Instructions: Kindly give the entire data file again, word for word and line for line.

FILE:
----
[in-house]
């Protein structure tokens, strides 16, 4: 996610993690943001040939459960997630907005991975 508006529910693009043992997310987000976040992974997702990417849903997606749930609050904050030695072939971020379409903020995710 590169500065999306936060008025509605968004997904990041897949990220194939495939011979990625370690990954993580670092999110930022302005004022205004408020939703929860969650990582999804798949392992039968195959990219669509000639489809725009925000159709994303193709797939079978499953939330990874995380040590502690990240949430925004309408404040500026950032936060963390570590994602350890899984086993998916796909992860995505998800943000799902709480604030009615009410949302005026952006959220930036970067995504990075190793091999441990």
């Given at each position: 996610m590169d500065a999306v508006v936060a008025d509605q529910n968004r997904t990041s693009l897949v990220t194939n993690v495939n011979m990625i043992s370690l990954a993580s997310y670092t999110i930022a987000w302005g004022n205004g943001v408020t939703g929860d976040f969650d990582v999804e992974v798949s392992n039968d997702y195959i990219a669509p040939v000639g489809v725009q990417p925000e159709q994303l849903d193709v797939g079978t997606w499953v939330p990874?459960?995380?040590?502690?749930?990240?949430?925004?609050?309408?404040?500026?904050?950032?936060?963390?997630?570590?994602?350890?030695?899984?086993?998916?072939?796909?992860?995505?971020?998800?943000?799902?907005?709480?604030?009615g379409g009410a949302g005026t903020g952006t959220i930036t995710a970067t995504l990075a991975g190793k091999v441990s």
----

[in-house]
């Protein structure tokens, strides 16, 4: 996610993690943001040939459960997630907005991975 508006529910693009043992997310987000976040992974997702990417849903997606749930609050904050030695072939971020379409903020995710 590169500065999306936060008025509605968004997904990041897949990220194939495939011979990625370690990954993580670092999110930022302005004022205004408020939703929860969650990582999804798949392992039968195959990219669509000639489809725009925000159709994303193709797939079978499953939330990874995380040590502690990240949430925004309408404040500026950032936060963390570590994602350890899984086993998916796909992860995505998800943000799902709480604030009615009410949302005026952006959220930036970067995504990075190793091999441990």
């Given at each position: 996610m590169d500065a999306v508006v936060a008025d509605q529910n968004r997904t990041s693009l897949v990220t194939n993690v495939n011979m990625i043992s370690l990954a993580s997310y670092t999110i930022a987000w302005g004022n205004g943001v408020t939703g929860d976040f969650d990582v999804e992974v798949s392992n039968d997702y195959i990219a669509p040939v000639g489809v725009q990417p925000e159709q994303l849903d193709v797939g079978t997606w499953v939330p990874?459960?995380?040590?502690?749930?990240?949430?925004?609050?309408?404040?500026?904050?950032?936060?963390?997630?570590?994602?350890?030695?899984?086993?998916?072939?796909?992860?995505?971020?998800?943000?799902?907005?709480?604030?009615g379409g009410a949302g005026t903020g952006t959220i930036t995710a970067t995504l990075a991975g190793k091999v441990s």